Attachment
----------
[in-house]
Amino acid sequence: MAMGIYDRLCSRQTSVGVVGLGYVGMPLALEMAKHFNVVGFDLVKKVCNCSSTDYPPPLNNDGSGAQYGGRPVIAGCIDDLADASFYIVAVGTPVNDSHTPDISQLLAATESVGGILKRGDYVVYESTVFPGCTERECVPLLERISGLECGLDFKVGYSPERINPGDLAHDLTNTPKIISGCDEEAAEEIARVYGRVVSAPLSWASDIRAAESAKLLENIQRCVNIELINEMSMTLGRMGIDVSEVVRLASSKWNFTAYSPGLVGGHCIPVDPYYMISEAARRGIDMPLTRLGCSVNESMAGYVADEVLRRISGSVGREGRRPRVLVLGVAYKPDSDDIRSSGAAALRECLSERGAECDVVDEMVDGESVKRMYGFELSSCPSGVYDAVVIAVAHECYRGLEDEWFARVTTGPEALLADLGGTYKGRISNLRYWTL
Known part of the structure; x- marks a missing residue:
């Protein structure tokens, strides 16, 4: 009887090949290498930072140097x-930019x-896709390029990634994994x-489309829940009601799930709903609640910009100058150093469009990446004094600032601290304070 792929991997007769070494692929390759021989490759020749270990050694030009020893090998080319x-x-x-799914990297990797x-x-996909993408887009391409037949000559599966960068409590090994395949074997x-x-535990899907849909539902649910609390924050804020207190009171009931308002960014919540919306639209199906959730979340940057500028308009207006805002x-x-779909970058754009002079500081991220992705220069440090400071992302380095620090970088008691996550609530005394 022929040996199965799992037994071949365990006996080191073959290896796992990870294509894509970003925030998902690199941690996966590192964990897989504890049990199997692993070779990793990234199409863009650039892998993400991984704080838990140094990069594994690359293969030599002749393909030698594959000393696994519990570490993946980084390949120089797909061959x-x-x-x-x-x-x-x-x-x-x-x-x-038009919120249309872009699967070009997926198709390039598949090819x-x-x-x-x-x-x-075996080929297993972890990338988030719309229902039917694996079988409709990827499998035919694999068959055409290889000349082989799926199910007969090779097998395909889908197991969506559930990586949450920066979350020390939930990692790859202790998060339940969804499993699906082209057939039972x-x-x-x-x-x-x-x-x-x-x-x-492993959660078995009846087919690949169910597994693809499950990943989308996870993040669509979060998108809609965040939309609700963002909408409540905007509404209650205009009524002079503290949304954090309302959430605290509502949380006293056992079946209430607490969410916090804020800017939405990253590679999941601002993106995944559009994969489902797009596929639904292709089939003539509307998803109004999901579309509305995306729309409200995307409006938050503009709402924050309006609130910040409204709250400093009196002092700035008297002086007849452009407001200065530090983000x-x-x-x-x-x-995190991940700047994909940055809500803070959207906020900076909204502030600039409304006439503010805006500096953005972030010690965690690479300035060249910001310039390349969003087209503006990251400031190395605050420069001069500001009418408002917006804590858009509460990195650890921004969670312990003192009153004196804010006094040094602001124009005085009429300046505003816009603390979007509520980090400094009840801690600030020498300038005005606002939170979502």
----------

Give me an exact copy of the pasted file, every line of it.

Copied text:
[in-house]
Amino acid sequence: MAMGIYDRLCSRQTSVGVVGLGYVGMPLALEMAKHFNVVGFDLVKKVCNCSSTDYPPPLNNDGSGAQYGGRPVIAGCIDDLADASFYIVAVGTPVNDSHTPDISQLLAATESVGGILKRGDYVVYESTVFPGCTERECVPLLERISGLECGLDFKVGYSPERINPGDLAHDLTNTPKIISGCDEEAAEEIARVYGRVVSAPLSWASDIRAAESAKLLENIQRCVNIELINEMSMTLGRMGIDVSEVVRLASSKWNFTAYSPGLVGGHCIPVDPYYMISEAARRGIDMPLTRLGCSVNESMAGYVADEVLRRISGSVGREGRRPRVLVLGVAYKPDSDDIRSSGAAALRECLSERGAECDVVDEMVDGESVKRMYGFELSSCPSGVYDAVVIAVAHECYRGLEDEWFARVTTGPEALLADLGGTYKGRISNLRYWTL
Known part of the structure; x- marks a missing residue:
């Protein structure tokens, strides 16, 4: 009887090949290498930072140097x-930019x-896709390029990634994994x-489309829940009601799930709903609640910009100058150093469009990446004094600032601290304070 792929991997007769070494692929390759021989490759020749270990050694030009020893090998080319x-x-x-799914990297990797x-x-996909993408887009391409037949000559599966960068409590090994395949074997x-x-535990899907849909539902649910609390924050804020207190009171009931308002960014919540919306639209199906959730979340940057500028308009207006805002x-x-779909970058754009002079500081991220992705220069440090400071992302380095620090970088008691996550609530005394 022929040996199965799992037994071949365990006996080191073959290896796992990870294509894509970003925030998902690199941690996966590192964990897989504890049990199997692993070779990793990234199409863009650039892998993400991984704080838990140094990069594994690359293969030599002749393909030698594959000393696994519990570490993946980084390949120089797909061959x-x-x-x-x-x-x-x-x-x-x-x-x-038009919120249309872009699967070009997926198709390039598949090819x-x-x-x-x-x-x-075996080929297993972890990338988030719309229902039917694996079988409709990827499998035919694999068959055409290889000349082989799926199910007969090779097998395909889908197991969506559930990586949450920066979350020390939930990692790859202790998060339940969804499993699906082209057939039972x-x-x-x-x-x-x-x-x-x-x-x-492993959660078995009846087919690949169910597994693809499950990943989308996870993040669509979060998108809609965040939309609700963002909408409540905007509404209650205009009524002079503290949304954090309302959430605290509502949380006293056992079946209430607490969410916090804020800017939405990253590679999941601002993106995944559009994969489902797009596929639904292709089939003539509307998803109004999901579309509305995306729309409200995307409006938050503009709402924050309006609130910040409204709250400093009196002092700035008297002086007849452009407001200065530090983000x-x-x-x-x-x-995190991940700047994909940055809500803070959207906020900076909204502030600039409304006439503010805006500096953005972030010690965690690479300035060249910001310039390349969003087209503006990251400031190395605050420069001069500001009418408002917006804590858009509460990195650890921004969670312990003192009153004196804010006094040094602001124009005085009429300046505003816009603390979007509520980090400094009840801690600030020498300038005005606002939170979502």